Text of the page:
After Almendra broke up, Luis Alberto Spinetta (main composer of the group) released a lo-fi solo album called "Spinettalandia y sus amigos" and then visited Europe, where he saw first hand groups like Led Zeppelin and Deep Purple. Back in Buenos Aires, he decided to form a group where he could recreate the heavy rock sound he had seen and liked so much. And so, Pescado Rabioso was born. The group was originally a trio: Spinetta (vocals and guitars), David Lebón (vocals and bass guitar) and Black Amaya (drums). While recording their first album ("Desatormentándonos", released in 1971) they were joined by Carlos Cutaia (organ). In 1972 they released a double LP (simply called "2"), and then they disbanded. Spinetta recorded and released in 1973 another album under the Pescado Rabioso moniker, but in fact it was a solo album: "Artaud". Although "Artaud" was officially billed as the third Pescado Rabioso album, the Argentinean group had actually broken up by the time it was recorded. It's essentially a solo effort by singer-guitarist-songwriter Luis Alberto Spinetta, with contributions from his brother, drummer Carlos Gustavo Spinetta, bassist Emilio Del Guercio, and drummer Rodolfo García, the latter two of whom had played with Spinetta back in the pre-Pescado Rabioso band called Almendra. "Artaud", dedicated to the french surrealist poet Antonin Artaud, is a milestone in argentine rock. It’s considered by many not only Spinetta's masterpiece, but also the best album ever released in Argentina. If it's something of a progressive/psychedelic record, it has more to do with the juxtaposition of late-'60s and early-'70s styles on display than it has to do with the music itself. On various different tracks, Spinetta offers accomplished, sentimental acoustic-based folk-rock balladry ("Todas las Hojas Son del Viento"); languid jazzy San Francisco-styled mild psych ("Cementerio Club," "Bajan") with quavering guitar; folk-rock with a touch of late-'60s Lennon-McCartney at their most romantic ("La Sed Verdadera"); a piano-backed piece that recalls early Todd Rundgren at his softest ("A Starosta, El Idiota"); and a taut Latin-flavored rocker vaguely reminiscent of early Santana ("Las Habladurias del Mundo"). There's a little weirdness here, but it's limited to just a few spots, like the gradual submersion of "La Sed Verdadera" under ambient restaurant-like white noise and howling wind, and the sudden detour of "A Starosta, El Idiota" into gloomy dissonant piano rumbles, weeping, along with a far-off snatch of the Beatles' "She Loves You" single. The incredible intimacy of the accoustic pieces have earned comparisons to Nick Drake, though I’m not entirely convinced: Spinetta’s performances hint instead at dark neuroses and strange obsessive urges lurking just beneath the deceptively calm surface of the songs. The argentine edition of Rolling Stone magazine voted this album as no. 1 in the "Top 100 best argentine rock albums".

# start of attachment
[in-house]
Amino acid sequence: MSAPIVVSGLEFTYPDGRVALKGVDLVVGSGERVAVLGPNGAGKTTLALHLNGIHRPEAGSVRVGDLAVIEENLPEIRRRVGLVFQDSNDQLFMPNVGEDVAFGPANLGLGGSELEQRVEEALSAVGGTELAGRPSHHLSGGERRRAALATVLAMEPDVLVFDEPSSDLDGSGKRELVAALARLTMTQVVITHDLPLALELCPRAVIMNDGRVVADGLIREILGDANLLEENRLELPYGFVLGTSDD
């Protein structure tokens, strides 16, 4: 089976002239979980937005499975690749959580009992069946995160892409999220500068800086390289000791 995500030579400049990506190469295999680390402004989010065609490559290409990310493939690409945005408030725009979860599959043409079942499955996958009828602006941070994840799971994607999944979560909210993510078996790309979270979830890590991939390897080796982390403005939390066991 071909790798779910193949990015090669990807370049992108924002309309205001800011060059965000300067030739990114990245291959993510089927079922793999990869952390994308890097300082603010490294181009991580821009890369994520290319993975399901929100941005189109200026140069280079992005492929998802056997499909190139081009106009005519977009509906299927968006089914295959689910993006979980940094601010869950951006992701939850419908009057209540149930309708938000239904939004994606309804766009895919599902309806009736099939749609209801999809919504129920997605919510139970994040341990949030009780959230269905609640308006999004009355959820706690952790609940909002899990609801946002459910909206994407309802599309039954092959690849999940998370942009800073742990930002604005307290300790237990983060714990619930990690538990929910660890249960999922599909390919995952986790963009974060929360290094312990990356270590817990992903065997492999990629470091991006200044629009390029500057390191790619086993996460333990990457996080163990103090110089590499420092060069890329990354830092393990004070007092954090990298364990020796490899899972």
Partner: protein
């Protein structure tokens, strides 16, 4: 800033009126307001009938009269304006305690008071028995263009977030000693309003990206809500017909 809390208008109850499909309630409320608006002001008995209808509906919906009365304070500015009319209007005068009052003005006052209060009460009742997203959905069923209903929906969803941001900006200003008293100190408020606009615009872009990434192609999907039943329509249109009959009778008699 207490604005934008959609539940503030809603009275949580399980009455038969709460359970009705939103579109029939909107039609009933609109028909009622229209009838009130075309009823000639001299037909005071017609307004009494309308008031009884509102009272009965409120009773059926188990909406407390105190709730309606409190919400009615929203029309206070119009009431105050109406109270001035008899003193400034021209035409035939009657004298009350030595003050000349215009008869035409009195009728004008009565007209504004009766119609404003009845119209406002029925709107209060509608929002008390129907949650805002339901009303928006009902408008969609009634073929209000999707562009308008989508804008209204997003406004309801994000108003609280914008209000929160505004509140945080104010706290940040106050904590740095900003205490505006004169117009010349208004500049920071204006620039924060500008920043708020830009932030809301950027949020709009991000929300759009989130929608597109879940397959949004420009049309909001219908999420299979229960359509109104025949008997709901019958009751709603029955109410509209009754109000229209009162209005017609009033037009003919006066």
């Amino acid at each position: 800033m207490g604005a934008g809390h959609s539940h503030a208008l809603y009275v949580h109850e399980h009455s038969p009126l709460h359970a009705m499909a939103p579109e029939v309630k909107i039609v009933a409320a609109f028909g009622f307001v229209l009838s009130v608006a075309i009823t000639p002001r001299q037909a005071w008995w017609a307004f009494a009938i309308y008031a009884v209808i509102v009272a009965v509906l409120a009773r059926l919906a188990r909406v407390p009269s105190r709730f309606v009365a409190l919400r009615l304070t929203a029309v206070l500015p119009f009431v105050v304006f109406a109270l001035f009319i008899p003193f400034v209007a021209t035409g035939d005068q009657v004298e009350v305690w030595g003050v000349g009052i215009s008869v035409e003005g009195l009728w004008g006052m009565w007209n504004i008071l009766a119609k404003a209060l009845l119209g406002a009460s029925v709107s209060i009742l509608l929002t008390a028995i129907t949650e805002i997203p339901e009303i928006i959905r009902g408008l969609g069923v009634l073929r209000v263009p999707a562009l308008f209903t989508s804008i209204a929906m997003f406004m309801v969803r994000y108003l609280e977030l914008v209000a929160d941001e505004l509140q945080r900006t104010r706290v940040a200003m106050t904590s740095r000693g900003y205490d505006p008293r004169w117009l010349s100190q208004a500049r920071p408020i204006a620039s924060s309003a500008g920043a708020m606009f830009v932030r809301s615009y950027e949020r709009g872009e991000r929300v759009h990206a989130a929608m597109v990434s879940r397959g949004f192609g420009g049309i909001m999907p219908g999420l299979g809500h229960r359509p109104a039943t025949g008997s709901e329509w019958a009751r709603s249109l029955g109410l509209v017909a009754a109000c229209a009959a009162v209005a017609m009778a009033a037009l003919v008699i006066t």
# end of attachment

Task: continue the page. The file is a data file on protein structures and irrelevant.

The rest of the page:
01- Todas Las Hojas Son Del Viento
02- Cementerio Club
05- La Sed Verdadera
06- Cantata De Puentes Amarillos
08- A Starosta, El Idiota
09- Las Habladurías Del Mundo